Skibbereen is a town in County Cork, Ireland. The name “Skibbereen” means “little boat harbour”. Skibbereen is a viberant beautiful village, full of character.
The village, with its many brightly coloured houses, is a scenic site in itself. Firstly, the buildings themselves are stunning. You could happily pass an afternoon wandering around the streets and the harbour.
It’s a very Insta worthy place. You’ll be spoiled for choice if you’re after some new stunning photos for your Insta or Vsco. If you want to branch out a bit, Skibbereen also has a host of beautiful and scenic experiences to choose from.
5. Drombeg Stone Circle
If you are interested in history, you can’t come to Skibbereen without seeing the Drombeg Stone Circle in West Cork. It has been dated to between 153 BC and 127AD.
It’s also known locally as the Druid’s Altar. Not only is it impressive for its historical value but it’s placed in a breath-taking setting of the rolling Irish countryside with a view of the sea in the distance.
The largest stone is aligned with the setting sun of the midwinter solstice on 21 December. The midwinter solstice was a hugely important time in the ancient calendar, marking the day with the shortest period of daylight and the longest night of the year.
Address: Glandore, Cork
4. Lough Hyne
Lough Hyne is a marine lake in West Cork, Ireland, about 5 km southwest of Skibbereen. It was designated as Ireland’s first Marine Nature Reserve in 1981.
The lake is a deep blue and clear and clean. At first glance it almost doesn’t appear real it’s so perfect. The lake is unique in that it’s a salt water late.
If you want to experience the full beauty of the lake you can rent a kayak and take in the scenery at your leisure. There’s plenty of parking spaces to pull in and enjoy the views if you’re only passing but don’t want to miss out.
Address: Skibbereen, Ireland
3. Heir Island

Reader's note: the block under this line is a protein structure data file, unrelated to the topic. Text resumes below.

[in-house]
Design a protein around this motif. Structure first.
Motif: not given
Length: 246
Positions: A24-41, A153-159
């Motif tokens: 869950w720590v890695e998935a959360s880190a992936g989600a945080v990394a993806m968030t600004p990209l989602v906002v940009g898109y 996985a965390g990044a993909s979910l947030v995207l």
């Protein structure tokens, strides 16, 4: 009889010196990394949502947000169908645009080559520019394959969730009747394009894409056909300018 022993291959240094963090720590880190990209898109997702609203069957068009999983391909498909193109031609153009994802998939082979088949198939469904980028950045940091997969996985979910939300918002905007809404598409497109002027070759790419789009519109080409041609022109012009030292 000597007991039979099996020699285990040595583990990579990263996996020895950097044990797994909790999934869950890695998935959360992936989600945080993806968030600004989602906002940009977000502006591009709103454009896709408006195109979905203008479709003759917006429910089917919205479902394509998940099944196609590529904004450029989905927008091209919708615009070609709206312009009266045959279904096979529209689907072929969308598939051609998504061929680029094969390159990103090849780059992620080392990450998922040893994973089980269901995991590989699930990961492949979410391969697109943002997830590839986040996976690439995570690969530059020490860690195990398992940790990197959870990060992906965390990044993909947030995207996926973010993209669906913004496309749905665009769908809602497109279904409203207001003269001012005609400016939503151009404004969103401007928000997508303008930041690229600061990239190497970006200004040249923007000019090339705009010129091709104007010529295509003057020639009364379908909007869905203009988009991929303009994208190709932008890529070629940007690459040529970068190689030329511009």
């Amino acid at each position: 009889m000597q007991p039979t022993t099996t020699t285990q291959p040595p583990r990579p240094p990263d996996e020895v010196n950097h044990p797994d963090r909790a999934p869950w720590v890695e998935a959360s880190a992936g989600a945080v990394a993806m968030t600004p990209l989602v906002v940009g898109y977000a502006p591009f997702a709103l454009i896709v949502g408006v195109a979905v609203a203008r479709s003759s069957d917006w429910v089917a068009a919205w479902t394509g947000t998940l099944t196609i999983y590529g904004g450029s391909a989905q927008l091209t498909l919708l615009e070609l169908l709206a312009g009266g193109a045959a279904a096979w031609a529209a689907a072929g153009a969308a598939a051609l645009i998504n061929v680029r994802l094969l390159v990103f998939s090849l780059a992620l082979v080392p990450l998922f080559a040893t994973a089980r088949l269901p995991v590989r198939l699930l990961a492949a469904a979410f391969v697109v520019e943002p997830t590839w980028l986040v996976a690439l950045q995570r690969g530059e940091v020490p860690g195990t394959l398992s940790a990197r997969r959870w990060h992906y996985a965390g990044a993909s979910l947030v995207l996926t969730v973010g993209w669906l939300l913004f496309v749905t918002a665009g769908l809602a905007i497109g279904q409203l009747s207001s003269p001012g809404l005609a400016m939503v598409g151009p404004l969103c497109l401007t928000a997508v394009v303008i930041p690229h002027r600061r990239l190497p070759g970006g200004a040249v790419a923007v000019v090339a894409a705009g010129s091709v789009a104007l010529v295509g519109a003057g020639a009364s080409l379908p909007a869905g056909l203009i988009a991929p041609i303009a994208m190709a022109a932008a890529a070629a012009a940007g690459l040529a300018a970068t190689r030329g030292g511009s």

Heir Island, according to its official website, is described as an “unspoilt, tranquil and magical haven with abundant wildlife, natural rugged beauty and panoramic views”.
This is an amazing place to go if you want to get away from it all and gain a new appreciation for what nature has to offer and the unspoilt beauty of Ireland.
Heir Island is also home to many artists, who are drawn to the island because of its breath-taking scenery and serene atmosphere. It’s also home to many unusual birds as well as over two hundred varieties of wildflowers. You’ll be happy to hear that Heir Island is only a four-minute ferry ride from the mainland.
Address: Skibbereen, Ireland
2. Cork Whale Watch
Really, what is more scenic than standing windswept out in the middle of the wild ocean, hoping to see some majestic whales? Cork Whale Watch with Colin Barnes provides year-round whale watching trips depart out of Reen Pier, near Union Hall, West Cork, subject to weather conditions and demand.
The trips are a minimum of 4 hours duration, often longer. Make sure to bring your camera! The winter schedule runs from 01 November to 31 March inclusive. One trip per day: 10.30am to 2.30 pm.
Although Colin has an unrivalled spotting record of 96%, as with any wildlife watching, whales and dolphins can be unpredictable. However, grey seals are seen on every trip on the inshore islands, as well as a range of seabirds and fantastic coastal scenery, so there is always something great to see regardless.
Colin often produces fishing rods if things are quiet and give clients an opportunity to catch their own supper. Booking is advised.
Address: Reen Pier, West Cork
1. Sherkin Island
If you come to Skibbereen you have to check out Sherkin Island. It’s the ancestral home of the O’Driscoll clan and the perfect place for a lovely day out.
Sherkin has three beautiful sandy beaches, which make great swimming areas and you may even see seals, otters, dolphins or the porpoises, which gave the island its name. Sherkin is a quiet place of unspoilt beauty, home to about 100 people.
Another great site at the island is an automated lighthouse, maintained by locals, that is situated at Barrack Point and dates back to 1835. It’s an absolutely beautiful place and well worth the visit to soak in the scenery.
It’s also really easy to get to with regular ferries from the small fishing port of Baltimore and the trip is only around 10 minutes.
Address: Sherkin Island, Cork.